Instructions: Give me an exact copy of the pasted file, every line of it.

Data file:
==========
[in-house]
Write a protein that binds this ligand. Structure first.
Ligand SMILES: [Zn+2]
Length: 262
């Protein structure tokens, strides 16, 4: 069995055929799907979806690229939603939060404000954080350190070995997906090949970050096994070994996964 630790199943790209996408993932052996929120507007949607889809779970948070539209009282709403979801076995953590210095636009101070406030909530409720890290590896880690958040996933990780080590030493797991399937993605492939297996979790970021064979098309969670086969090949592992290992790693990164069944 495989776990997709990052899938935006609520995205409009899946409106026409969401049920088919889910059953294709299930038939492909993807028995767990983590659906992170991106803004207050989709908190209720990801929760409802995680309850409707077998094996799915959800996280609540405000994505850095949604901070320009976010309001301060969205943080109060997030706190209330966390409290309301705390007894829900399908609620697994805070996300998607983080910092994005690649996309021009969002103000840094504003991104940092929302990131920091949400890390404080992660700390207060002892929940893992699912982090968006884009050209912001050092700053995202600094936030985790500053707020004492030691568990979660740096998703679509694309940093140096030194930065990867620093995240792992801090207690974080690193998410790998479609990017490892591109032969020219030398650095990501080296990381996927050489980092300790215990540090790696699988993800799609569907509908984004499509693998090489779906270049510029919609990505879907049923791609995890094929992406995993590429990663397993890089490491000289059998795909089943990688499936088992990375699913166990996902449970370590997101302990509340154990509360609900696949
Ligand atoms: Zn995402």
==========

[in-house]
Write a protein that binds this ligand. Structure first.
Ligand SMILES: [Zn+2]
Length: 262
């Protein structure tokens, strides 16, 4: 069995055929799907979806690229939603939060404000954080350190070995997906090949970050096994070994996964 630790199943790209996408993932052996929120507007949607889809779970948070539209009282709403979801076995953590210095636009101070406030909530409720890290590896880690958040996933990780080590030493797991399937993605492939297996979790970021064979098309969670086969090949592992290992790693990164069944 495989776990997709990052899938935006609520995205409009899946409106026409969401049920088919889910059953294709299930038939492909993807028995767990983590659906992170991106803004207050989709908190209720990801929760409802995680309850409707077998094996799915959800996280609540405000994505850095949604901070320009976010309001301060969205943080109060997030706190209330966390409290309301705390007894829900399908609620697994805070996300998607983080910092994005690649996309021009969002103000840094504003991104940092929302990131920091949400890390404080992660700390207060002892929940893992699912982090968006884009050209912001050092700053995202600094936030985790500053707020004492030691568990979660740096998703679509694309940093140096030194930065990867620093995240792992801090207690974080690193998410790998479609990017490892591109032969020219030398650095990501080296990381996927050489980092300790215990540090790696699988993800799609569907509908984004499509693998090489779906270049510029919609990505879907049923791609995890094929992406995993590429990663397993890089490491000289059998795909089943990688499936088992990375699913166990996902449970370590997101302990509340154990509360609900696949
Ligand atoms: Zn995402």